Heading into 2020 the cruise industry was booming.
The number of passengers who went on cruises in 2019 was at an all time high, a trend mirrored by the exponential fleet growth since the 1950s. However, COVID-19 caused an industry wide shut down. Since the start of the year, ordering activity has fallen nearly 50%. This is a dramatic decrease and is unprecedented in the cruise industry, especially when compared to last year which during the same period, activity never dropped more than 10%.
These current lows are expected to continue, until normal operations slowly resume.
Like activity, cruise values have also taken a tumble since the start of the year. Some of these billion dollar assets have become financial liabilities with several high priced vessels laid up and out of action. The global cruise fleet has decreased in value by $6.36 billion. The 2010-built mega cruise ships are the hardest hit area, falling in value by over 8% compared to the start of the year.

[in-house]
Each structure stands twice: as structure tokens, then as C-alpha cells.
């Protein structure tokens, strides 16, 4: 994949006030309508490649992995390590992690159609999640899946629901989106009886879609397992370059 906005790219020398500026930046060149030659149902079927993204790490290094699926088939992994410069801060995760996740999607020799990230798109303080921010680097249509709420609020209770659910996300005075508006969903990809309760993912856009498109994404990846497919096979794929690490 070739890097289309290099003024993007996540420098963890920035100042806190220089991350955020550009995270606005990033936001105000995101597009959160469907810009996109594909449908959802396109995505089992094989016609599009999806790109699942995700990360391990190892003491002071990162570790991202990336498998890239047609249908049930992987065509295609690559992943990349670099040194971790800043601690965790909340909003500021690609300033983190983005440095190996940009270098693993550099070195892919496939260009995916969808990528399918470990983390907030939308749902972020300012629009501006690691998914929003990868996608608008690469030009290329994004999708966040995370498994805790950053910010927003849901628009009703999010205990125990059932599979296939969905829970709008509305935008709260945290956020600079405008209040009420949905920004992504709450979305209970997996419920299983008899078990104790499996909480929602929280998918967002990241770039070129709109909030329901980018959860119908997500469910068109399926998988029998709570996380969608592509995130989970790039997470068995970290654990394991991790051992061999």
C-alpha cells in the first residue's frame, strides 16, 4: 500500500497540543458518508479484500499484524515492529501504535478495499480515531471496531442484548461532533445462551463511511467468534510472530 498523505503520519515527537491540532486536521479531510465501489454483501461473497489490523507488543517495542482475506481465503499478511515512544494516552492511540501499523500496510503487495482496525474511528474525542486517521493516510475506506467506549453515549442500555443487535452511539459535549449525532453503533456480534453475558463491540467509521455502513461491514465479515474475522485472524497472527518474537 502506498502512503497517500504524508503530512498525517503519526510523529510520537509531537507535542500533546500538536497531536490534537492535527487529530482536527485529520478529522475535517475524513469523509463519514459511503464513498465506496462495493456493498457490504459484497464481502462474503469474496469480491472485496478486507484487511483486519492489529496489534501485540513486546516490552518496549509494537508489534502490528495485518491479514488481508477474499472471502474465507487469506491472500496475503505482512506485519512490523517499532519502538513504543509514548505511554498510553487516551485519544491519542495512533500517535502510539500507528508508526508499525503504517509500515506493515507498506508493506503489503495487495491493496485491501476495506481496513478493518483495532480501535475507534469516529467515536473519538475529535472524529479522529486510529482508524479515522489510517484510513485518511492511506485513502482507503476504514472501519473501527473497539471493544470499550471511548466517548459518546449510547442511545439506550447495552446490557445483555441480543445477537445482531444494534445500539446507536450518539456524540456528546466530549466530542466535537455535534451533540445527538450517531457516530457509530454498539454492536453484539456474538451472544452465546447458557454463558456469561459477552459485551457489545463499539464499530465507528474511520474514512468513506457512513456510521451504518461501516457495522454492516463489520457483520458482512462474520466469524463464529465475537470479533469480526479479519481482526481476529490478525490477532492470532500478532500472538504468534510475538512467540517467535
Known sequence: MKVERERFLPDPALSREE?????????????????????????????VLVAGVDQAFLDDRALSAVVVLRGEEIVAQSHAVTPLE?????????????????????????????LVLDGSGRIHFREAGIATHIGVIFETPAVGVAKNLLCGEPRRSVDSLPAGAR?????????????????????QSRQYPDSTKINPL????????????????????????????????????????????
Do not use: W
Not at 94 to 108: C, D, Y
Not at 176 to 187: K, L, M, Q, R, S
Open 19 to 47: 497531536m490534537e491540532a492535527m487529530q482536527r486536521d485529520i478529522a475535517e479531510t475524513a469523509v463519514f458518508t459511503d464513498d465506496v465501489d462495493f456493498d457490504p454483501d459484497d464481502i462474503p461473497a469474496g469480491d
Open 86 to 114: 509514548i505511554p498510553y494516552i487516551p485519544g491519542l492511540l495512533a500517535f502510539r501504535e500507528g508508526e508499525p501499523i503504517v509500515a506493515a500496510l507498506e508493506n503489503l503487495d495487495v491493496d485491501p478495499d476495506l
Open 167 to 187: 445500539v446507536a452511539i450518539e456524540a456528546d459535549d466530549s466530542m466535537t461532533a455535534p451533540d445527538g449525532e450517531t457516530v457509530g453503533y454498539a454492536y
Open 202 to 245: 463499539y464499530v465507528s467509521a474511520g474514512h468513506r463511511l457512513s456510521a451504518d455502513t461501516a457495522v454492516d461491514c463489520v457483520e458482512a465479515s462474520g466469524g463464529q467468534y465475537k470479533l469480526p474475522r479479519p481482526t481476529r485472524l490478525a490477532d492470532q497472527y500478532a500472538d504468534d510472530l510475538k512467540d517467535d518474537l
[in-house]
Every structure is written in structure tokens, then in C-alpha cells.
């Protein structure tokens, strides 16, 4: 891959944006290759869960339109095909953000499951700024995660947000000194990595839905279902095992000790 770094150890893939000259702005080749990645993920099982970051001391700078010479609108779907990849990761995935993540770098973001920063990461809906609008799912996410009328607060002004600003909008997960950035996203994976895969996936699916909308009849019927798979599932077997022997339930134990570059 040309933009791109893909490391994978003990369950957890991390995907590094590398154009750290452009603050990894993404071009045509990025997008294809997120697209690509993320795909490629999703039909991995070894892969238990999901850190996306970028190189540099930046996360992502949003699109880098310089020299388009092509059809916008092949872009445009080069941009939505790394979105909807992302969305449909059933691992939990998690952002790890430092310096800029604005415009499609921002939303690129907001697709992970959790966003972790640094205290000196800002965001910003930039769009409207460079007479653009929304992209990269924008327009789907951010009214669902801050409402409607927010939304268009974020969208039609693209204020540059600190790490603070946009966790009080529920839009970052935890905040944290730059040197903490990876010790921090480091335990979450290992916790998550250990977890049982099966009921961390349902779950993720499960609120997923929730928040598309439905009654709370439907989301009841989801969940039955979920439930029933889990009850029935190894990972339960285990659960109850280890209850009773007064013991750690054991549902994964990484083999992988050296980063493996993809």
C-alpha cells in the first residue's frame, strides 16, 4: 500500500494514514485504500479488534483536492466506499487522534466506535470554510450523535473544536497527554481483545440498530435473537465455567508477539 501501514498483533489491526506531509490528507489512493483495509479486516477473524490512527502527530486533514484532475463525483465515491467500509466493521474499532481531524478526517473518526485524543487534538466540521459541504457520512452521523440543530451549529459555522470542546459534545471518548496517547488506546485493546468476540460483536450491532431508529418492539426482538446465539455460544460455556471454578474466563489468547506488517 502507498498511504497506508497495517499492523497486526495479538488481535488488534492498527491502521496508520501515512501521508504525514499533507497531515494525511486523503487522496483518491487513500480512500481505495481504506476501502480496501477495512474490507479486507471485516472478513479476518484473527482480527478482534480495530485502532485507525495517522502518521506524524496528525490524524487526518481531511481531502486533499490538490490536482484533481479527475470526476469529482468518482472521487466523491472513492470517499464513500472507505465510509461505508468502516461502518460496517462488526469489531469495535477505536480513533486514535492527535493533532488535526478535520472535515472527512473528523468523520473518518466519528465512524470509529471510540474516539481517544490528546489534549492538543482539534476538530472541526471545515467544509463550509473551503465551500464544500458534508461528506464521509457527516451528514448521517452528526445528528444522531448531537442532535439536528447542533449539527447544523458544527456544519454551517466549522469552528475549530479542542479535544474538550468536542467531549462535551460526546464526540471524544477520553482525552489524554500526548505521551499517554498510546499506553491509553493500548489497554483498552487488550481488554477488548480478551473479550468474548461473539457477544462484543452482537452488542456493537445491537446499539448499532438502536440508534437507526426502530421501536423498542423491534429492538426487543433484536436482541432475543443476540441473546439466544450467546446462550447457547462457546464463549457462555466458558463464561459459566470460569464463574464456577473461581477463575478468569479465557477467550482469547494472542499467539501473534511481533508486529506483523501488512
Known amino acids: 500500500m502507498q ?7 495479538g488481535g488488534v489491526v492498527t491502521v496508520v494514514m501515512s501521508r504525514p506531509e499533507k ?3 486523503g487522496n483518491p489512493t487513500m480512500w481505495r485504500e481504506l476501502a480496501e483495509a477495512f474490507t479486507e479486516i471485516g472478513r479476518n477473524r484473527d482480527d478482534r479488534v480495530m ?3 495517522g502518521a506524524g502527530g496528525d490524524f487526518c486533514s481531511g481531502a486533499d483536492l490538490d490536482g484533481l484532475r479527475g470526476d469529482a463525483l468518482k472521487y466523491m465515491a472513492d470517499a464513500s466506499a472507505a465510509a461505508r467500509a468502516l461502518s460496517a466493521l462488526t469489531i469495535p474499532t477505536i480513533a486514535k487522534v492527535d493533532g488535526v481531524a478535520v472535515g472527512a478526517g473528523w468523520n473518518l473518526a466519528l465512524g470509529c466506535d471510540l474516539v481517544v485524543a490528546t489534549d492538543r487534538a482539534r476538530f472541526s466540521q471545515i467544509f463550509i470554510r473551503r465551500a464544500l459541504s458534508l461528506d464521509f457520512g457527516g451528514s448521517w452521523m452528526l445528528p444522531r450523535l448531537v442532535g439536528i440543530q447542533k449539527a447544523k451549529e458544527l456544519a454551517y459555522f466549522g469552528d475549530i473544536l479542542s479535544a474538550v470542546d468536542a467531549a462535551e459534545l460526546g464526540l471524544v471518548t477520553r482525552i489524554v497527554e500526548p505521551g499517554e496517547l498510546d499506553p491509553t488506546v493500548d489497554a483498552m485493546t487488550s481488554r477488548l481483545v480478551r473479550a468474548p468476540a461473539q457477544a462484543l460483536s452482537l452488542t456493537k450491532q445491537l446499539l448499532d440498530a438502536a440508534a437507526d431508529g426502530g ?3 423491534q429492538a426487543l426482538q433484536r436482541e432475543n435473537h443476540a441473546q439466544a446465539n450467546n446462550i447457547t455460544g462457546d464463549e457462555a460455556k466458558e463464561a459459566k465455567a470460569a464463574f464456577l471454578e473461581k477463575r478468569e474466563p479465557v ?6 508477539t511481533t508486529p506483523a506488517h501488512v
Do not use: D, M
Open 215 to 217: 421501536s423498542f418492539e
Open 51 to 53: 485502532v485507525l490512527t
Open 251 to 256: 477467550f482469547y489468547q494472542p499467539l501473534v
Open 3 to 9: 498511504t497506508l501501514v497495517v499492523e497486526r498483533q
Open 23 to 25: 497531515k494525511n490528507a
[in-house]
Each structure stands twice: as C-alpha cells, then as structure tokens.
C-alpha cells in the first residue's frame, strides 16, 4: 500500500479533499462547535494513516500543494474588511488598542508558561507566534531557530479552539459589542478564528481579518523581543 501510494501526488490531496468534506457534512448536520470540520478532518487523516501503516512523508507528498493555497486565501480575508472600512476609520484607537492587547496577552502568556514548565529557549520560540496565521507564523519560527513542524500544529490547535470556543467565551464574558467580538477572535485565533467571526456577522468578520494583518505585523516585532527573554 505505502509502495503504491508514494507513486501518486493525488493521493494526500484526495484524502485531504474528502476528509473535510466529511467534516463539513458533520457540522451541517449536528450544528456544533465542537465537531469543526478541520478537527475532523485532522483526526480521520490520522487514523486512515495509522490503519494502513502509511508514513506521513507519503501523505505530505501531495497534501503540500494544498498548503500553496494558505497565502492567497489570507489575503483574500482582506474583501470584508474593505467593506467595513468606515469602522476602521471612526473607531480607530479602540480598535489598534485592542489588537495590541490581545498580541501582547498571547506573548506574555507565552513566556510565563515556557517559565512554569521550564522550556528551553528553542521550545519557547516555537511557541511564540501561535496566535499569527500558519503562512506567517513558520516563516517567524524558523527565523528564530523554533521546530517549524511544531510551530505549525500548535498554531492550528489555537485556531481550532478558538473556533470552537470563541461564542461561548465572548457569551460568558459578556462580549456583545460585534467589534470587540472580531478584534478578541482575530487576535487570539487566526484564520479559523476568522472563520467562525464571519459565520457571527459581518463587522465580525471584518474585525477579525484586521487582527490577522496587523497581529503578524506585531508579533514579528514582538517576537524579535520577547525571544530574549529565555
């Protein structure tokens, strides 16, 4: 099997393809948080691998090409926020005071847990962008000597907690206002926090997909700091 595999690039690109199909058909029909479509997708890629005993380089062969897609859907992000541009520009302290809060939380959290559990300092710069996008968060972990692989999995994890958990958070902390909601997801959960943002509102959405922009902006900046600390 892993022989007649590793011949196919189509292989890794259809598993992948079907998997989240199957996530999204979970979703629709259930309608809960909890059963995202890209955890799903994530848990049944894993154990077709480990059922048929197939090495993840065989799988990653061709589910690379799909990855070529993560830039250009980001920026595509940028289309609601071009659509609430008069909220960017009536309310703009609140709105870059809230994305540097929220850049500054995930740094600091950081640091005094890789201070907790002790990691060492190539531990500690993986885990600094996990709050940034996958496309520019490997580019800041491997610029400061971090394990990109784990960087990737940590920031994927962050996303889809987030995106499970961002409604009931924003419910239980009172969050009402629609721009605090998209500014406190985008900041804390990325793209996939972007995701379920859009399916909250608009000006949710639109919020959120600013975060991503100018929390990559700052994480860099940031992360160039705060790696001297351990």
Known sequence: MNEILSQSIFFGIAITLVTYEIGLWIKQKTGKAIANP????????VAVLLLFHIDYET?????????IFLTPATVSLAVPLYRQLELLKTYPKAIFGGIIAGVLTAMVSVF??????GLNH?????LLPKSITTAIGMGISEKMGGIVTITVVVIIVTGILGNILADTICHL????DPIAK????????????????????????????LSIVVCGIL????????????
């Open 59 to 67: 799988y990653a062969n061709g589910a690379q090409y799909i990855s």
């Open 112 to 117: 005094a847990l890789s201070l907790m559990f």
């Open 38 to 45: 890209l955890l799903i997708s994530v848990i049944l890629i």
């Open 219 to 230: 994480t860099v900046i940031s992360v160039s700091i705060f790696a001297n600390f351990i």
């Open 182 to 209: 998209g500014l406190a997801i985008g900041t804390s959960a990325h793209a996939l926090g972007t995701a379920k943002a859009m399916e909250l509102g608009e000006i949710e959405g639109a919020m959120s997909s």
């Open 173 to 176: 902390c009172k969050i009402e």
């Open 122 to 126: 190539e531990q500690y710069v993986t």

A total of 103 cruise ships are set for delivery over the next eight years. Seventy-seven of these will be going live by 2024, meaning the global fleet is set to increase by over 20% in the next three years, adding a further $42.3 billion in value to the waters.
The start of 2020 has seen the lowest numbers of cruise ship orders placed since 2012. This year Mystic Cruises placed one order for four small cruise expedition ships. However, the current pause and delays on cruise ship orders can be seen as a positive. With a large number of cruise ships on order leading into the year, the caution here is to ensure the market is not oversupplied by newbuilds without the required increase in demand and confidence of passengers to cruise again.